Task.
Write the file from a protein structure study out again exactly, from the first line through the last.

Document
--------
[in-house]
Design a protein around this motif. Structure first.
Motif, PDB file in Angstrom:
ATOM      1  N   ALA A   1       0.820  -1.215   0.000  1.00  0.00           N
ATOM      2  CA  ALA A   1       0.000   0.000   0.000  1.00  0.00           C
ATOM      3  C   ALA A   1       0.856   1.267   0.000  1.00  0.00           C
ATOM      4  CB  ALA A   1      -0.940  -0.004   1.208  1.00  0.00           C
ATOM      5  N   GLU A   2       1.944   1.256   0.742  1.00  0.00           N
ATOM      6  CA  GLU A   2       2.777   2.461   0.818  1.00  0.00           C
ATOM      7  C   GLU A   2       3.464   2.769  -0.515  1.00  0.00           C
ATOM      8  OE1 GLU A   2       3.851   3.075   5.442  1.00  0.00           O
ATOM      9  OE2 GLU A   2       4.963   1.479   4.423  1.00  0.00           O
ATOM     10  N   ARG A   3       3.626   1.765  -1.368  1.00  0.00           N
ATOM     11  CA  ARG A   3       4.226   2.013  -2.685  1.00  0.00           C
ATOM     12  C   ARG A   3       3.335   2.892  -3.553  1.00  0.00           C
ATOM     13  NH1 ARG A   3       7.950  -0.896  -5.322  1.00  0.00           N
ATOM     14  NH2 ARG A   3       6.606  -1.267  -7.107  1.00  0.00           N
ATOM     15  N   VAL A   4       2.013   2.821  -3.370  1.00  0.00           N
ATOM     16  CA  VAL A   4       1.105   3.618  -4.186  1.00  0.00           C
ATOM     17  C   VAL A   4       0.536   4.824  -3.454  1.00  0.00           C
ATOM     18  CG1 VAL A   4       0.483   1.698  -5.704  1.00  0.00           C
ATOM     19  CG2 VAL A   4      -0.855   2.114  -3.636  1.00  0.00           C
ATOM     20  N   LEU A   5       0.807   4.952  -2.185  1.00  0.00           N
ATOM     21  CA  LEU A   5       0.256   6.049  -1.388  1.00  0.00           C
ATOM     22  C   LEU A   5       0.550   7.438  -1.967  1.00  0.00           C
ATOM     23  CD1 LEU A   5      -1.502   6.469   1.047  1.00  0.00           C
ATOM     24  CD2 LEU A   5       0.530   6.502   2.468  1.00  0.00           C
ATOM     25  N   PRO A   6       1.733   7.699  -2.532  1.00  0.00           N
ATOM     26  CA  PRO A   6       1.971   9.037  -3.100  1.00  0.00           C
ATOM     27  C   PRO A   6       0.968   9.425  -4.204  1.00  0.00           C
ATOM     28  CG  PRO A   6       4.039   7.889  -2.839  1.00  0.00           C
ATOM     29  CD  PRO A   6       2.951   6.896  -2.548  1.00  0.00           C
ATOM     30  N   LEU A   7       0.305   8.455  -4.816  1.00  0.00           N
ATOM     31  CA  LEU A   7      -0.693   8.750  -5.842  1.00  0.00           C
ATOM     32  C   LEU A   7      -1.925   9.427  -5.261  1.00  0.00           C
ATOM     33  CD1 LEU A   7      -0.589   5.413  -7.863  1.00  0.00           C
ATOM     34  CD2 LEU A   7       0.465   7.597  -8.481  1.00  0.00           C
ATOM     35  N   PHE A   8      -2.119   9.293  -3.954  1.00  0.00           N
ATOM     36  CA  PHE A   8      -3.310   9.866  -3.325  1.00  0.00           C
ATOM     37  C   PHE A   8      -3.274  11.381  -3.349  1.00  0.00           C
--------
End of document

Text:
[in-house]
Design a protein around this motif. Structure first.
Motif, PDB file in Angstrom:
ATOM      1  N   ALA A   1       0.820  -1.215   0.000  1.00  0.00           N
ATOM      2  CA  ALA A   1       0.000   0.000   0.000  1.00  0.00           C
ATOM      3  C   ALA A   1       0.856   1.267   0.000  1.00  0.00           C
ATOM      4  CB  ALA A   1      -0.940  -0.004   1.208  1.00  0.00           C
ATOM      5  N   GLU A   2       1.944   1.256   0.742  1.00  0.00           N
ATOM      6  CA  GLU A   2       2.777   2.461   0.818  1.00  0.00           C
ATOM      7  C   GLU A   2       3.464   2.769  -0.515  1.00  0.00           C
ATOM      8  OE1 GLU A   2       3.851   3.075   5.442  1.00  0.00           O
ATOM      9  OE2 GLU A   2       4.963   1.479   4.423  1.00  0.00           O
ATOM     10  N   ARG A   3       3.626   1.765  -1.368  1.00  0.00           N
ATOM     11  CA  ARG A   3       4.226   2.013  -2.685  1.00  0.00           C
ATOM     12  C   ARG A   3       3.335   2.892  -3.553  1.00  0.00           C
ATOM     13  NH1 ARG A   3       7.950  -0.896  -5.322  1.00  0.00           N
ATOM     14  NH2 ARG A   3       6.606  -1.267  -7.107  1.00  0.00           N
ATOM     15  N   VAL A   4       2.013   2.821  -3.370  1.00  0.00           N
ATOM     16  CA  VAL A   4       1.105   3.618  -4.186  1.00  0.00           C
ATOM     17  C   VAL A   4       0.536   4.824  -3.454  1.00  0.00           C
ATOM     18  CG1 VAL A   4       0.483   1.698  -5.704  1.00  0.00           C
ATOM     19  CG2 VAL A   4      -0.855   2.114  -3.636  1.00  0.00           C
ATOM     20  N   LEU A   5       0.807   4.952  -2.185  1.00  0.00           N
ATOM     21  CA  LEU A   5       0.256   6.049  -1.388  1.00  0.00           C
ATOM     22  C   LEU A   5       0.550   7.438  -1.967  1.00  0.00           C
ATOM     23  CD1 LEU A   5      -1.502   6.469   1.047  1.00  0.00           C
ATOM     24  CD2 LEU A   5       0.530   6.502   2.468  1.00  0.00           C
ATOM     25  N   PRO A   6       1.733   7.699  -2.532  1.00  0.00           N
ATOM     26  CA  PRO A   6       1.971   9.037  -3.100  1.00  0.00           C
ATOM     27  C   PRO A   6       0.968   9.425  -4.204  1.00  0.00           C
ATOM     28  CG  PRO A   6       4.039   7.889  -2.839  1.00  0.00           C
ATOM     29  CD  PRO A   6       2.951   6.896  -2.548  1.00  0.00           C
ATOM     30  N   LEU A   7       0.305   8.455  -4.816  1.00  0.00           N
ATOM     31  CA  LEU A   7      -0.693   8.750  -5.842  1.00  0.00           C
ATOM     32  C   LEU A   7      -1.925   9.427  -5.261  1.00  0.00           C
ATOM     33  CD1 LEU A   7      -0.589   5.413  -7.863  1.00  0.00           C
ATOM     34  CD2 LEU A   7       0.465   7.597  -8.481  1.00  0.00           C
ATOM     35  N   PHE A   8      -2.119   9.293  -3.954  1.00  0.00           N
ATOM     36  CA  PHE A   8      -3.310   9.866  -3.325  1.00  0.00           C
ATOM     37  C   PHE A   8      -3.274  11.381  -3.349  1.00  0.00           C